“The Book of Psalms has been a royal banquet to me, and in feasting upon its contents I have seemed to eat angels’ food. It is no wonder that old writers should call it,—the school of patience, the soul’s soliloquies, the little Bible, the anatomy of conscience, the rose garden, the pearl island, and the like.
It is the Paradise of devotion, the Holy Land of poetry, the heart of Scripture, the map of experience, and the tongue of saints. It is the spokesman of feelings which else had found no utterance.
Does it not say just what we wished to say? Are not its prayers and praises exactly such as our hearts delight in?
No man needs better company than the Psalms; therein he may read and commune with friends human and divine; friends who know the heart of man towards God and the heart of God towards man; friends who perfectly sympathize with us and our sorrows, friends who never betray or forsake.
Oh, to be shut up in a cave with David, with no other occupation but to hear him sing, and to sing with him! Well might a Christian monarch lay aside his crown for such enjoyment, and a believing pauper find a crown in such felicity.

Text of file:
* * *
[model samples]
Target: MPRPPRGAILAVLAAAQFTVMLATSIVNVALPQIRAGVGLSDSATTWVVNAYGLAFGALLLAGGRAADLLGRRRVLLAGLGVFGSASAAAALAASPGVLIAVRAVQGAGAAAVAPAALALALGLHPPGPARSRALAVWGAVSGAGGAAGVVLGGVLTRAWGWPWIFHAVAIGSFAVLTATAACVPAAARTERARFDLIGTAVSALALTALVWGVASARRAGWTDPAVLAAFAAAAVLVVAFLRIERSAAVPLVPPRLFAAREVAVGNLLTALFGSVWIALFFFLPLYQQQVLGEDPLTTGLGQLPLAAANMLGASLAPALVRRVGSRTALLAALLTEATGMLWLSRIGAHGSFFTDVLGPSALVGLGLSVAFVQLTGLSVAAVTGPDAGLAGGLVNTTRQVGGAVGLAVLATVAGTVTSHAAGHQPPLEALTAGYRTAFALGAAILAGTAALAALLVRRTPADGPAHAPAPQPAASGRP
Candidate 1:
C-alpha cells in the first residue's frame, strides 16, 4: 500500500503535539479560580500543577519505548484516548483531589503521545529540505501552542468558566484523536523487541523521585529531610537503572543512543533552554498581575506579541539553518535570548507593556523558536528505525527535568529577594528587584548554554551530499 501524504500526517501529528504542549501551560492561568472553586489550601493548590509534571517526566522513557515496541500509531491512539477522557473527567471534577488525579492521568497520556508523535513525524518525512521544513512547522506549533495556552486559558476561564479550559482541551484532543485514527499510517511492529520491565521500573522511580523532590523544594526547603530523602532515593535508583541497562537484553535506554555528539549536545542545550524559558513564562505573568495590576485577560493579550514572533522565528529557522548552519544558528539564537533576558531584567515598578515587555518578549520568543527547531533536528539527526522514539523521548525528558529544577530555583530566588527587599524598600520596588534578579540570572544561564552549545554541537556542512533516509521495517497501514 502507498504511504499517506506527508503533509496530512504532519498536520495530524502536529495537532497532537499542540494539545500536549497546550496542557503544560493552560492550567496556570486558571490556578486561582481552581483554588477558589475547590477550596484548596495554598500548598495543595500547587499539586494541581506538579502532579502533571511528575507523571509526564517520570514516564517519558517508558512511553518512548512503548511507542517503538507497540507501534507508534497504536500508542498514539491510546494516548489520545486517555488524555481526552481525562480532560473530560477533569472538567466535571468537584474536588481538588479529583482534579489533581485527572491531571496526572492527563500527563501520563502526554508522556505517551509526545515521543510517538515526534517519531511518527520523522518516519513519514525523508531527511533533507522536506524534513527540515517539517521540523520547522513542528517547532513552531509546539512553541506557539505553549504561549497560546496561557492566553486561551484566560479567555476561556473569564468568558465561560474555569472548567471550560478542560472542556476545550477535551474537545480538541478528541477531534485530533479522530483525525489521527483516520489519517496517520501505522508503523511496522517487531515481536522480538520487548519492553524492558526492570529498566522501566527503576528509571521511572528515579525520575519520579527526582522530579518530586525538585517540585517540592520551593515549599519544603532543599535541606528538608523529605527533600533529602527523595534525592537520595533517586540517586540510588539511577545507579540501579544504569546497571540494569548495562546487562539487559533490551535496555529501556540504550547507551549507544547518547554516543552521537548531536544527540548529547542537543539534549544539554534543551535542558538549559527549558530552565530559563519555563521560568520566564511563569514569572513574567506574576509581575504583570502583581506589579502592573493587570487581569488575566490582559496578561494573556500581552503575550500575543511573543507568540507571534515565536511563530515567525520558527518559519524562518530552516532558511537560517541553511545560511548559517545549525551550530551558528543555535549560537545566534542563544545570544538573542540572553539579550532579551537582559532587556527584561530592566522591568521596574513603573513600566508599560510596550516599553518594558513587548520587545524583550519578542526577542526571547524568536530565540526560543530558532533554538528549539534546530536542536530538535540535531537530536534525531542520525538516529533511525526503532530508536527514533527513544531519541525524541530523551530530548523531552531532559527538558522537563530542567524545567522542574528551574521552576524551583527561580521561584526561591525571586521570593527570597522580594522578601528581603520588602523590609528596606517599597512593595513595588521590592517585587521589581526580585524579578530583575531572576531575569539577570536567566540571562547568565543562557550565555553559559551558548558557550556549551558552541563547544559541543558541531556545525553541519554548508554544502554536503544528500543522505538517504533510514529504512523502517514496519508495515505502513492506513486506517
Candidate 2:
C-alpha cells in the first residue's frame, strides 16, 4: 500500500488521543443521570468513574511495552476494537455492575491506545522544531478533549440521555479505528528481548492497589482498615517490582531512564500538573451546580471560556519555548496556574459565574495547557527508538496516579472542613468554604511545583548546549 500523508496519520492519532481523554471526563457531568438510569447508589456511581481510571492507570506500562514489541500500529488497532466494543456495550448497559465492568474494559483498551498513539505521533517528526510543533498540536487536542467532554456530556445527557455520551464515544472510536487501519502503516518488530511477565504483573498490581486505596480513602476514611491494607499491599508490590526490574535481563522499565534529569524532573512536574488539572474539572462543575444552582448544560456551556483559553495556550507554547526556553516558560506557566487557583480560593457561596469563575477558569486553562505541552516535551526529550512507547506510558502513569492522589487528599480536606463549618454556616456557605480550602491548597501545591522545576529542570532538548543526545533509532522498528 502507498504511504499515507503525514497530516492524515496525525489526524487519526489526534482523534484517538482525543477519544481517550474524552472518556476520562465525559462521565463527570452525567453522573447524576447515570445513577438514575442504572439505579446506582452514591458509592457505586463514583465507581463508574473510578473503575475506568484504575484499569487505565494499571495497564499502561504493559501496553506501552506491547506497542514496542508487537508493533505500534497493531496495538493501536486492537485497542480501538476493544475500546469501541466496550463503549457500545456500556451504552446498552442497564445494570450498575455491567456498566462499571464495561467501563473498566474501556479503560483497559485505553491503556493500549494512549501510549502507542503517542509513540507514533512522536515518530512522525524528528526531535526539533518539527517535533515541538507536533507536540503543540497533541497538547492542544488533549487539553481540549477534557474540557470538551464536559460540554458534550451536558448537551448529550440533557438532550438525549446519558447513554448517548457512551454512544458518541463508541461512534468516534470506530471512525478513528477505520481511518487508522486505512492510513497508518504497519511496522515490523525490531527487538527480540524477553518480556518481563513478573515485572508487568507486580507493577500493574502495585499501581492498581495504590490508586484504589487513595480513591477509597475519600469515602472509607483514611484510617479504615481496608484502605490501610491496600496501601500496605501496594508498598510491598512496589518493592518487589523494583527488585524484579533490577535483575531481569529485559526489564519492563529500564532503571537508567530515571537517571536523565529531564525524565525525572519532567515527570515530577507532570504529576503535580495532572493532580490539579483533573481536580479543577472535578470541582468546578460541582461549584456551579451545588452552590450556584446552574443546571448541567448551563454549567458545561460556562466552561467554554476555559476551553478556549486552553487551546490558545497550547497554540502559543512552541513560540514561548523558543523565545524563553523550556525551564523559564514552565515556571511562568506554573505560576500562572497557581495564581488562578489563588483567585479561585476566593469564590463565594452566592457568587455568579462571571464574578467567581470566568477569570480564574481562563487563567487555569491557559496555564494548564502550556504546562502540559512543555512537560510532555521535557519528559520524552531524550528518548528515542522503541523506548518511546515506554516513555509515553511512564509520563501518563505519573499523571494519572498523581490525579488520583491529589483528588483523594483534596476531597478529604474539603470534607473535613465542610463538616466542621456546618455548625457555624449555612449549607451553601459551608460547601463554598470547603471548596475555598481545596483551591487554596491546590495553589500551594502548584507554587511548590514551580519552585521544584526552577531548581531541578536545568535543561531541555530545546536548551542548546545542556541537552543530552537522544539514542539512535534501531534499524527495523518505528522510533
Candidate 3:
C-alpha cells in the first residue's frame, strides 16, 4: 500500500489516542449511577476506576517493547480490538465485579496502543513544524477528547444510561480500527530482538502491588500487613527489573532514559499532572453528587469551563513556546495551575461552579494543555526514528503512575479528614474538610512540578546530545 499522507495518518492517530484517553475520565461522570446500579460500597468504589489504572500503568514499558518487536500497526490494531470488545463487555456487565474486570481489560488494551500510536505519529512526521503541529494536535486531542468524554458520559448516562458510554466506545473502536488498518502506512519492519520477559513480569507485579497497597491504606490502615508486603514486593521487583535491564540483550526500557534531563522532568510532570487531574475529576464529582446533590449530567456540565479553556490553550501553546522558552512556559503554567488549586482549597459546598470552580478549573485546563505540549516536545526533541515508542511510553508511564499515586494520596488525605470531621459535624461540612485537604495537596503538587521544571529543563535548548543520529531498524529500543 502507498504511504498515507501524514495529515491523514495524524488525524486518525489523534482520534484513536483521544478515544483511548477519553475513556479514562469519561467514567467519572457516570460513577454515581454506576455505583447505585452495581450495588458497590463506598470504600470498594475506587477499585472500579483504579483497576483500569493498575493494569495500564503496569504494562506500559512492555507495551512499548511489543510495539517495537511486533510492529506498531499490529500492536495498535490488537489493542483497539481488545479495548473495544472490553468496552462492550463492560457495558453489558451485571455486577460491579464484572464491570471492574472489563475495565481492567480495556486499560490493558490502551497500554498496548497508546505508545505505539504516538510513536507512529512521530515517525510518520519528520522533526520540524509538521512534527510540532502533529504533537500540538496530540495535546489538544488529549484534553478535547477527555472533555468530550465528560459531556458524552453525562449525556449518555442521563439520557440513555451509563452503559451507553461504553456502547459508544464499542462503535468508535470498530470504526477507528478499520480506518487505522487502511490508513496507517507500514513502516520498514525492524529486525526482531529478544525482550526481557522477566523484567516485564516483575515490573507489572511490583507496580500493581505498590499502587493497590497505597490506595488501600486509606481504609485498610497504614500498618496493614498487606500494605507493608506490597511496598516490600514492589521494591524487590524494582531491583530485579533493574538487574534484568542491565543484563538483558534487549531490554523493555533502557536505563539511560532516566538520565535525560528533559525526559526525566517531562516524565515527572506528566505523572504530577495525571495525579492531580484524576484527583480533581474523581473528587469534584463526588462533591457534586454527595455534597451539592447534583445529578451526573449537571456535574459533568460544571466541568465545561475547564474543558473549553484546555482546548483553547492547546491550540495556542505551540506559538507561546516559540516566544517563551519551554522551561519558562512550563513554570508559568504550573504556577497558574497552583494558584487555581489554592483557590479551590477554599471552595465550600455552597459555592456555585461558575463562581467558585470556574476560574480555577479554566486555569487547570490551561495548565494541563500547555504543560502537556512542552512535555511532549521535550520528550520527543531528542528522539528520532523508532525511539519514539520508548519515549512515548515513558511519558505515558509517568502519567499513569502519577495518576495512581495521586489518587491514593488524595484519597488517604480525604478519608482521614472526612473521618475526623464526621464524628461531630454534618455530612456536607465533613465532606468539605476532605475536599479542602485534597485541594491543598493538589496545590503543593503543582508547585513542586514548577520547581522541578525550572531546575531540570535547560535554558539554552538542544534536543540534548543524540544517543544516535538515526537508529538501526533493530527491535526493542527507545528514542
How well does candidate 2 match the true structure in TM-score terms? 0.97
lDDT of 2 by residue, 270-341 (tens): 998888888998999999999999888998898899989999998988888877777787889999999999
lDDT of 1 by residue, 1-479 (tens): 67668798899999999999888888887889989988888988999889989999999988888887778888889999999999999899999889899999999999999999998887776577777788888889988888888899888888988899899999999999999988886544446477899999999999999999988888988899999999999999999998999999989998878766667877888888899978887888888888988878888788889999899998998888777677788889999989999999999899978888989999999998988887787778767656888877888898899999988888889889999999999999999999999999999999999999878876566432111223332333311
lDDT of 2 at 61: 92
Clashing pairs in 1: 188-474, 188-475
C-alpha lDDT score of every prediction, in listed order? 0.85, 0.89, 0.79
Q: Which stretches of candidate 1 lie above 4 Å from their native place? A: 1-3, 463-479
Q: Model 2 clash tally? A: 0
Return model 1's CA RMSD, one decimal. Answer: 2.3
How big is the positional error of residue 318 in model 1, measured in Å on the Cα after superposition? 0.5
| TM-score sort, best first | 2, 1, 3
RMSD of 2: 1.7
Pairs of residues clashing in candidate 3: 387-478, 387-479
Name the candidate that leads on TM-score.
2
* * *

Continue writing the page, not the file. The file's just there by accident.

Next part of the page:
It is to be feared that the Psalms are by no means so prized as in earlier ages of the Church. Time was when the Psalms were not only rehearsed in all the churches from day to day, but they were so universally sung that the common people knew them, even if they did not know the letters in which they were written.
Time was when bishops would ordain no man to the ministry unless he knew ‘David’ from end to end, and could repeat each Psalm correctly; even Councils of the Church have decreed that none should hold ecclesiastical office unless they knew the whole Psalter by heart.
Other practices of those ages had better be forgotten, but to this memory accords an honourable record. Then, as Jerome tells us, the labourer, while he held the plough, sang Hallelujah; the tired reaper refreshed himself with the Psalms, and the vinedresser, while trimming the vines with his curved hook, sang something of David.
He tells us that in his part of the world, Psalms were the Christian’s ballads; could they have had better? They were the love-songs of the people of God; could any others be so pure and heavenly?
These sacred hymns express all modes of holy feeling; they are fit both for childhood and old age; they furnish maxims for the entrance of life, and serve as watchwords at the gates of death.
The battle of life, the repose of the Sabbath, the ward of the hospital, the guest-chamber of the mansion the church, the oratory, yea, even heaven itself may be entered with Psalms.”
–Charles H. Spurgeon, The Treasury of David: Psalms 111-119, Volume 5 (London: Marshall Brothers, 1882), 5: vi–vii.